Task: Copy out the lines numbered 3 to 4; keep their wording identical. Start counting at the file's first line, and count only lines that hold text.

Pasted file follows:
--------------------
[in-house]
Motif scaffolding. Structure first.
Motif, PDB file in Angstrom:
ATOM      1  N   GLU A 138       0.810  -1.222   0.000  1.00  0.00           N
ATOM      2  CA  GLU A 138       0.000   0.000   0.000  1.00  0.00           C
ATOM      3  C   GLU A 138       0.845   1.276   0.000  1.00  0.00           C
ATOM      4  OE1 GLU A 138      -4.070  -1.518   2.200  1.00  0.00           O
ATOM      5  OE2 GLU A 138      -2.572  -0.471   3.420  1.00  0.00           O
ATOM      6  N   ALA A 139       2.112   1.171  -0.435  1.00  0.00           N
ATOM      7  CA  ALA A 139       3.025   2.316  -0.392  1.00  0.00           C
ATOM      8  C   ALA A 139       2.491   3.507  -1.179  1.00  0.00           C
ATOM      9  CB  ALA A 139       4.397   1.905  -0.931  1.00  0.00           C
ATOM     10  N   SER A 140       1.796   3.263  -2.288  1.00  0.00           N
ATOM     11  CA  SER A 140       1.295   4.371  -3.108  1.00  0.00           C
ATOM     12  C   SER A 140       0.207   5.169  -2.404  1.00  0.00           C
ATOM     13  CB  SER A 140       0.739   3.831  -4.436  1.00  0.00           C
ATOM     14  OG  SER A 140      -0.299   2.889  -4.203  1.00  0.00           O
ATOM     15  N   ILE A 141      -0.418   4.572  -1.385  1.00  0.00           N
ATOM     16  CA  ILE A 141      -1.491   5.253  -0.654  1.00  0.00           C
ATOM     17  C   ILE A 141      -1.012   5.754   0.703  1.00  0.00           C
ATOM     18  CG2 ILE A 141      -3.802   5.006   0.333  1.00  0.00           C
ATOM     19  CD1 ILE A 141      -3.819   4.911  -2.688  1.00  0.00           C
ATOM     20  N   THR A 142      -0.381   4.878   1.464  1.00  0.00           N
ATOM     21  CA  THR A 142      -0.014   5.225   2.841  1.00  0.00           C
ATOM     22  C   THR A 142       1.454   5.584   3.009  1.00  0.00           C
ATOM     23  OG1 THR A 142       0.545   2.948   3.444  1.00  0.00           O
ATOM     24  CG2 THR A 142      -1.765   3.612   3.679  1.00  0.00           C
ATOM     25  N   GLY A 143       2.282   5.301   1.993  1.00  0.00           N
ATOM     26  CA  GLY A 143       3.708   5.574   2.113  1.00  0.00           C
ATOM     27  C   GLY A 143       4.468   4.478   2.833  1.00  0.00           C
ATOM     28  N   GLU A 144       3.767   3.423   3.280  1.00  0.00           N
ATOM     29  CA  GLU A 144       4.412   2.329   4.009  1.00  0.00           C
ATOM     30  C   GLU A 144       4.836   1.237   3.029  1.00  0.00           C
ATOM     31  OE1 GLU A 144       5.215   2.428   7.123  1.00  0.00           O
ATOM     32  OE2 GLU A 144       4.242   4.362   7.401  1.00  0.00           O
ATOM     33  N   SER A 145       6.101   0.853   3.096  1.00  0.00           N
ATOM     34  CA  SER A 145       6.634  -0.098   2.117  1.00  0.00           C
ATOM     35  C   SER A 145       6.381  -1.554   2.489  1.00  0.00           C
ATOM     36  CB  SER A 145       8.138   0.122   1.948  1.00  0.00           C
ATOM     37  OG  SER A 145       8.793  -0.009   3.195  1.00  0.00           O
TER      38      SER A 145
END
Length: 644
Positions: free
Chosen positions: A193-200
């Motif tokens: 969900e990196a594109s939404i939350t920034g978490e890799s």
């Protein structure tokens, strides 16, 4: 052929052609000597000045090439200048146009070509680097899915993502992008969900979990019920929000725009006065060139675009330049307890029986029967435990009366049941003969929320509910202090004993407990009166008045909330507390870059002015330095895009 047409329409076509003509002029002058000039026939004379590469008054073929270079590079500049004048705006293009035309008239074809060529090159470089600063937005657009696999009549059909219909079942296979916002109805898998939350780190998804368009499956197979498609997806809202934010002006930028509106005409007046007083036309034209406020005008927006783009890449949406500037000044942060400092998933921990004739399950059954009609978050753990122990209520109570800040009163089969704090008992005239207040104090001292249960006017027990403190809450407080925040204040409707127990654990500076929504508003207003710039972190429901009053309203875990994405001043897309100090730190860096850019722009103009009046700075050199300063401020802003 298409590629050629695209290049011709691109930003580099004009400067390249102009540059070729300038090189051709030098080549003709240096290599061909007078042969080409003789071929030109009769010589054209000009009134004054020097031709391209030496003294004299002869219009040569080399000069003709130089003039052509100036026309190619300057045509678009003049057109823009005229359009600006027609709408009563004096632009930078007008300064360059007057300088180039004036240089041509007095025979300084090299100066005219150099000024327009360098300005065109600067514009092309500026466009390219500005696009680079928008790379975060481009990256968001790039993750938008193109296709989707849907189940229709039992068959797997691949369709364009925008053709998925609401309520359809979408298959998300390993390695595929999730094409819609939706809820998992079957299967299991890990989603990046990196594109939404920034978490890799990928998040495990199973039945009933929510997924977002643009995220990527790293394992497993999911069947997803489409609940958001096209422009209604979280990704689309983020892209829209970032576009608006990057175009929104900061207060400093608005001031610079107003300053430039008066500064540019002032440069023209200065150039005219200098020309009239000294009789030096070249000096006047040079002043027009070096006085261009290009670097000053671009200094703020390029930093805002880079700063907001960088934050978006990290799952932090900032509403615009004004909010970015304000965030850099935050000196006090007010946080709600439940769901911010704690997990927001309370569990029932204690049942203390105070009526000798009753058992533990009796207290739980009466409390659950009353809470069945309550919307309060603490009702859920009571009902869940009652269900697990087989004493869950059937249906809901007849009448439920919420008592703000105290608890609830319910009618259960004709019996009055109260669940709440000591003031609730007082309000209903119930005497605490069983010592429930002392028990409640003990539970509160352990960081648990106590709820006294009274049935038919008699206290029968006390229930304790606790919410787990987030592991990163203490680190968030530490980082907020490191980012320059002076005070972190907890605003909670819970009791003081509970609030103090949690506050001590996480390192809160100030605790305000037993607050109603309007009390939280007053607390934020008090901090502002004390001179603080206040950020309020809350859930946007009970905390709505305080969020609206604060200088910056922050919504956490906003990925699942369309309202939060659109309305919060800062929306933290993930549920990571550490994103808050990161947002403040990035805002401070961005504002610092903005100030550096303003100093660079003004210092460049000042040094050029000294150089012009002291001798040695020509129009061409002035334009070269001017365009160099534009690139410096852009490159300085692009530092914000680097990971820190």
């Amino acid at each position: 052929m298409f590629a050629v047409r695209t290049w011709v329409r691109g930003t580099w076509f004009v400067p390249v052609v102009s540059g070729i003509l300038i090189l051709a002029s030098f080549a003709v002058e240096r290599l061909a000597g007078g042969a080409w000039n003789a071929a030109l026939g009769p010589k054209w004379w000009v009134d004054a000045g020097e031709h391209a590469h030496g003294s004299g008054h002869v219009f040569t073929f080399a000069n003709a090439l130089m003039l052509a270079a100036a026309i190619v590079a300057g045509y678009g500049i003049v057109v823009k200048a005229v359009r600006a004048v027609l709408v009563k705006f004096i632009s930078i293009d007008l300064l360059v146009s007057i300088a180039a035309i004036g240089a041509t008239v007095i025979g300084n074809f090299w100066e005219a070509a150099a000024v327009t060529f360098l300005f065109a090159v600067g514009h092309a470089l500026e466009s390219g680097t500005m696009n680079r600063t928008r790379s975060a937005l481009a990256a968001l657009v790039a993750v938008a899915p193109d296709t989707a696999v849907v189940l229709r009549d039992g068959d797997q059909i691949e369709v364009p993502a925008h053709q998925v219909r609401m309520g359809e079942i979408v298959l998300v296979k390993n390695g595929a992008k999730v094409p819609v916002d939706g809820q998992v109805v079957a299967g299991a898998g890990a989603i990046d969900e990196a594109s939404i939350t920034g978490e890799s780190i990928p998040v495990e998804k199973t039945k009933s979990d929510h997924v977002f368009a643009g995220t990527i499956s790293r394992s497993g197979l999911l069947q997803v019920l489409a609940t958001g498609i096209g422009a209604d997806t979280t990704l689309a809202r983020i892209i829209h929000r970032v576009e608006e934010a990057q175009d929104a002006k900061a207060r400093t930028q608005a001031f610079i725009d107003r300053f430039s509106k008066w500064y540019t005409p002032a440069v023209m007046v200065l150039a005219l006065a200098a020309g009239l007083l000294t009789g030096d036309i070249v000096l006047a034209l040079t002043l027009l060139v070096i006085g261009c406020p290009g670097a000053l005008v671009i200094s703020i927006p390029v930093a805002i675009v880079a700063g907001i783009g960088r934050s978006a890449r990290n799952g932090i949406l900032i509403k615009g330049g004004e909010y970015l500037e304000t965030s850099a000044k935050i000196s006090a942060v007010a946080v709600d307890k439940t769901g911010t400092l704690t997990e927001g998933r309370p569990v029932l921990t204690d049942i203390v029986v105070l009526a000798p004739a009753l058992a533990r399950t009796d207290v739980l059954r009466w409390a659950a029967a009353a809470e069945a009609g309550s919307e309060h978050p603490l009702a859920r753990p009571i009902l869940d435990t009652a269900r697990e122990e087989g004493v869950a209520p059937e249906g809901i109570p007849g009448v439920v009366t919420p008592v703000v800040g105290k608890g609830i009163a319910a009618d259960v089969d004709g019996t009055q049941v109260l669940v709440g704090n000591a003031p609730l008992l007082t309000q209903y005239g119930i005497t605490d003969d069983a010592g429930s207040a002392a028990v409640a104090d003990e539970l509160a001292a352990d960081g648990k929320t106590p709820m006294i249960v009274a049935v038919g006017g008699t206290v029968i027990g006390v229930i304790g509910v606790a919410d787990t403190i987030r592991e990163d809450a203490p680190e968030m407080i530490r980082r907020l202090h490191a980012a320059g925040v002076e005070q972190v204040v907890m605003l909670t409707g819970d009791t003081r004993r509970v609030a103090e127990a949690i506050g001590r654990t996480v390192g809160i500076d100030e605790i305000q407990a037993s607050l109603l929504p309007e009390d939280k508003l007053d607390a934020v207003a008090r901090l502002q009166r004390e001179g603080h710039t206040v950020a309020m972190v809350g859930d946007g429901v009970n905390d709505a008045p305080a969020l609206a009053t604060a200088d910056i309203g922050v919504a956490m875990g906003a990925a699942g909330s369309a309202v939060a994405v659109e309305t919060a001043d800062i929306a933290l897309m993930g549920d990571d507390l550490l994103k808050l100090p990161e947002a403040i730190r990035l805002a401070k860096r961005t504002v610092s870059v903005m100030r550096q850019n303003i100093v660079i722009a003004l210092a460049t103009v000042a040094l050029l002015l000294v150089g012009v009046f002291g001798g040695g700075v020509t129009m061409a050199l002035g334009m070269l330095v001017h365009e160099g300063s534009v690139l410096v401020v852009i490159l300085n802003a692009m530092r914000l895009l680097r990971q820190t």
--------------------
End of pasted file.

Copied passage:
Motif, PDB file in Angstrom:
ATOM      1  N   GLU A 138       0.810  -1.222   0.000  1.00  0.00           N